296th Night of Memory

Memories on Honors of Pilots

Maryam Rajabi
Translated by Ruhollah Golmoradi


As reported by Iranian Oral History Website, 296th session of Holy Defense Memory Night was held in Soore Hall of Hozeh Honari in the evening Thursday, October 25, 2018. In this assembly, Hossein Katouzian, Alireza Namaki and Mahmoud Mahmoudi expressed gallantries of the pilots during the holy defense.


A monthly mission that lasted one year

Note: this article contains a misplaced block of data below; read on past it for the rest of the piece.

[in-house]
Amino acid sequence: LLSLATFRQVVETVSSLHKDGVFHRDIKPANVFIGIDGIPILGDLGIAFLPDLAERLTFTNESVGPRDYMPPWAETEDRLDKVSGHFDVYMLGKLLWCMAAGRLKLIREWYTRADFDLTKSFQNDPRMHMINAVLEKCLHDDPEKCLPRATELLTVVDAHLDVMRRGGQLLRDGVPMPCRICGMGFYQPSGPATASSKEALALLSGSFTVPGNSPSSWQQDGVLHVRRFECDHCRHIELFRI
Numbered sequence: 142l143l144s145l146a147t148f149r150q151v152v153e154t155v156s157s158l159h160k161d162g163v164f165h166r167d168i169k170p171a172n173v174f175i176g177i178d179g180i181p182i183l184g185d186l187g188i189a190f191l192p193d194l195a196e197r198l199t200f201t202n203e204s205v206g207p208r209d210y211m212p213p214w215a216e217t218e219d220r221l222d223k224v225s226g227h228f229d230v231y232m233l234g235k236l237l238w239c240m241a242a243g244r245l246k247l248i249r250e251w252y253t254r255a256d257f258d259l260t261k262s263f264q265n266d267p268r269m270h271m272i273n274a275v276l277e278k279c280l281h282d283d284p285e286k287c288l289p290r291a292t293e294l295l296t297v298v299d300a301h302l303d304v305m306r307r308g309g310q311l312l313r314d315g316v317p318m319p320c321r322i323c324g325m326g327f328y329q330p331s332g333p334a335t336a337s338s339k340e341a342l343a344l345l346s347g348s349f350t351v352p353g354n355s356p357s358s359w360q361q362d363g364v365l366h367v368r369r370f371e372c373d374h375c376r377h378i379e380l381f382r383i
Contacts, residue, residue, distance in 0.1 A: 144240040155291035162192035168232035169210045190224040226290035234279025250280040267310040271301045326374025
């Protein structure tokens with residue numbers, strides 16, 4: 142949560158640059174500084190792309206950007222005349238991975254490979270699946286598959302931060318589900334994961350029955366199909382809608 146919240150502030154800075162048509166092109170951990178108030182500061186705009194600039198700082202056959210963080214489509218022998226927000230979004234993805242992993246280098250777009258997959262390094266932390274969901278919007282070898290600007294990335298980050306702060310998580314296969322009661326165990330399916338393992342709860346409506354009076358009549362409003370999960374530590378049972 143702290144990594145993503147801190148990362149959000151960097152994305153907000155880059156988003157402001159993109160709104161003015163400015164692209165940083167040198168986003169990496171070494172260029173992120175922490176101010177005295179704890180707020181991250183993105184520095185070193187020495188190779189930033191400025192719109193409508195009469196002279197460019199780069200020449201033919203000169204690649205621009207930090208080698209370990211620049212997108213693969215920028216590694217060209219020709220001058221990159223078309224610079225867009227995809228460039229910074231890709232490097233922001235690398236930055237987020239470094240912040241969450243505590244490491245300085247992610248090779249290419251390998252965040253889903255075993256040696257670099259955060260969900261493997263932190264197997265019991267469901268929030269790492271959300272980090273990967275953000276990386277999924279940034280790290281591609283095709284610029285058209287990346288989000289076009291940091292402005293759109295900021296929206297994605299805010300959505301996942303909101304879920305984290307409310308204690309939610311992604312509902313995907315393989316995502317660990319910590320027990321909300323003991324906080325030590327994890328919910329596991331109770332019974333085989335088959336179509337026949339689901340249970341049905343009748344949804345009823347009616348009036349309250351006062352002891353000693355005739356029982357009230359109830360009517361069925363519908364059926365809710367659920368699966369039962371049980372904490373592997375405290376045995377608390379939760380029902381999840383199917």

The first narrator was pilot Hossein Katouzian. He said, "One month before the war, I was missioned by President of that time and Commander-in-Chief to go to Shiraz for a month. Exactly on the last day of my mission, I was ordered to fly a plane toward Tehran for repairing and maintenance. The aircraft was repaired and was supposed to be prepared to return to Shiraz at 5 p.m. At 2 p.m. in the same day (September 22, 2018), I discovered they had attacked Mehrabad airport and other airports in the country. I got to the airport and I realized that a 707 aircraft had been burnt where aircrafts were parked, and effects of quivers had caused to damage to other planes, including the aircraft that I had brought for repairing. I asked the flying group to repair the aircraft as far as possible with a special adhesive that is resistant like cover of the body. The flight crew vectored so that I could fly. I flew to Shiraz at a low altitude and speed. Maybe it was my honor to be pilot of the first airplane that appeared in Iran's sky after the Ba'athist attack. I got the plane to Shiraz airport safely. While it was my last mission day in Shiraz, I agreed to stay in Shiraz for one year.